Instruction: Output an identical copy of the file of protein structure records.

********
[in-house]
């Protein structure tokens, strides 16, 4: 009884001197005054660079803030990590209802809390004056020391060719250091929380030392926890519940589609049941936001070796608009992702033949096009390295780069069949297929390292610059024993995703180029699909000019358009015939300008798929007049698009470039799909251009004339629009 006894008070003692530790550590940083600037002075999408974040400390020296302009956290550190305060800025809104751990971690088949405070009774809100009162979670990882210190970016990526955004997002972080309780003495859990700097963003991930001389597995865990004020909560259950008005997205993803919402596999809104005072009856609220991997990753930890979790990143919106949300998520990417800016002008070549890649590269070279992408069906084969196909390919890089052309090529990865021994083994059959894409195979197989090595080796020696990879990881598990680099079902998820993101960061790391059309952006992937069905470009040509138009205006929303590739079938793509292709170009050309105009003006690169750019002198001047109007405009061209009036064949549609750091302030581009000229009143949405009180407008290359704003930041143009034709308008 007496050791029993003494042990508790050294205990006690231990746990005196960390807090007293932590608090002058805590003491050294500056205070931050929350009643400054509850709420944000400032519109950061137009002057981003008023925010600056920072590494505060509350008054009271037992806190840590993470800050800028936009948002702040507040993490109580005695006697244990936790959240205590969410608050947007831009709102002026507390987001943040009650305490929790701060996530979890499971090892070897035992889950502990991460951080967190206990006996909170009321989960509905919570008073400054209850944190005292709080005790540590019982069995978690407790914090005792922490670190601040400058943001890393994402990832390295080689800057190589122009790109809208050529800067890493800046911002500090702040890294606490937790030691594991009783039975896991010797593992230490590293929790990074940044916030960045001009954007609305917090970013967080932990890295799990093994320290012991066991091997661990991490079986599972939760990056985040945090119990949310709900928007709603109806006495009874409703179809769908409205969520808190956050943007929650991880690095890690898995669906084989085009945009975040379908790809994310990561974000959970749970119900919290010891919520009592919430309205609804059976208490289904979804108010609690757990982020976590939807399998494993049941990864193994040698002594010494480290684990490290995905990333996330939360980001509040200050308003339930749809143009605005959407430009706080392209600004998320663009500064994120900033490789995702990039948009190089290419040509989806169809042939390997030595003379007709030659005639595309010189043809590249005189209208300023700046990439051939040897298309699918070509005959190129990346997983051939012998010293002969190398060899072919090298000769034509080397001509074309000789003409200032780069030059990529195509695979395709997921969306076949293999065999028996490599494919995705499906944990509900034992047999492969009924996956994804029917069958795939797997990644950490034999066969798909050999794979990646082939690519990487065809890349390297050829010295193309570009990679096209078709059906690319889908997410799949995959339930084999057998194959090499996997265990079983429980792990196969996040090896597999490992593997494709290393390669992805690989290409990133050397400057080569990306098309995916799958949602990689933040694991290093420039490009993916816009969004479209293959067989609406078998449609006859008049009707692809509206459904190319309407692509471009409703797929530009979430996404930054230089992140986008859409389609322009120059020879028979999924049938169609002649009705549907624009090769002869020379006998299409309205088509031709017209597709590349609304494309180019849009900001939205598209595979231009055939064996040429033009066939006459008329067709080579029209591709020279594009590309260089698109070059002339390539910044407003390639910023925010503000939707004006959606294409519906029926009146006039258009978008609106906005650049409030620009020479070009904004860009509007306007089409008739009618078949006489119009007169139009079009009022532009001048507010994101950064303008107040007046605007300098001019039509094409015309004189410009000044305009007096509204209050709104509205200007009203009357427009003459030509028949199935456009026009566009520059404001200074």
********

[in-house]
């Protein structure tokens, strides 16, 4: 009884001197005054660079803030990590209802809390004056020391060719250091929380030392926890519940589609049941936001070796608009992702033949096009390295780069069949297929390292610059024993995703180029699909000019358009015939300008798929007049698009470039799909251009004339629009 006894008070003692530790550590940083600037002075999408974040400390020296302009956290550190305060800025809104751990971690088949405070009774809100009162979670990882210190970016990526955004997002972080309780003495859990700097963003991930001389597995865990004020909560259950008005997205993803919402596999809104005072009856609220991997990753930890979790990143919106949300998520990417800016002008070549890649590269070279992408069906084969196909390919890089052309090529990865021994083994059959894409195979197989090595080796020696990879990881598990680099079902998820993101960061790391059309952006992937069905470009040509138009205006929303590739079938793509292709170009050309105009003006690169750019002198001047109007405009061209009036064949549609750091302030581009000229009143949405009180407008290359704003930041143009034709308008 007496050791029993003494042990508790050294205990006690231990746990005196960390807090007293932590608090002058805590003491050294500056205070931050929350009643400054509850709420944000400032519109950061137009002057981003008023925010600056920072590494505060509350008054009271037992806190840590993470800050800028936009948002702040507040993490109580005695006697244990936790959240205590969410608050947007831009709102002026507390987001943040009650305490929790701060996530979890499971090892070897035992889950502990991460951080967190206990006996909170009321989960509905919570008073400054209850944190005292709080005790540590019982069995978690407790914090005792922490670190601040400058943001890393994402990832390295080689800057190589122009790109809208050529800067890493800046911002500090702040890294606490937790030691594991009783039975896991010797593992230490590293929790990074940044916030960045001009954007609305917090970013967080932990890295799990093994320290012991066991091997661990991490079986599972939760990056985040945090119990949310709900928007709603109806006495009874409703179809769908409205969520808190956050943007929650991880690095890690898995669906084989085009945009975040379908790809994310990561974000959970749970119900919290010891919520009592919430309205609804059976208490289904979804108010609690757990982020976590939807399998494993049941990864193994040698002594010494480290684990490290995905990333996330939360980001509040200050308003339930749809143009605005959407430009706080392209600004998320663009500064994120900033490789995702990039948009190089290419040509989806169809042939390997030595003379007709030659005639595309010189043809590249005189209208300023700046990439051939040897298309699918070509005959190129990346997983051939012998010293002969190398060899072919090298000769034509080397001509074309000789003409200032780069030059990529195509695979395709997921969306076949293999065999028996490599494919995705499906944990509900034992047999492969009924996956994804029917069958795939797997990644950490034999066969798909050999794979990646082939690519990487065809890349390297050829010295193309570009990679096209078709059906690319889908997410799949995959339930084999057998194959090499996997265990079983429980792990196969996040090896597999490992593997494709290393390669992805690989290409990133050397400057080569990306098309995916799958949602990689933040694991290093420039490009993916816009969004479209293959067989609406078998449609006859008049009707692809509206459904190319309407692509471009409703797929530009979430996404930054230089992140986008859409389609322009120059020879028979999924049938169609002649009705549907624009090769002869020379006998299409309205088509031709017209597709590349609304494309180019849009900001939205598209595979231009055939064996040429033009066939006459008329067709080579029209591709020279594009590309260089698109070059002339390539910044407003390639910023925010503000939707004006959606294409519906029926009146006039258009978008609106906005650049409030620009020479070009904004860009509007306007089409008739009618078949006489119009007169139009079009009022532009001048507010994101950064303008107040007046605007300098001019039509094409015309004189410009000044305009007096509204209050709104509205200007009203009357427009003459030509028949199935456009026009566009520059404001200074």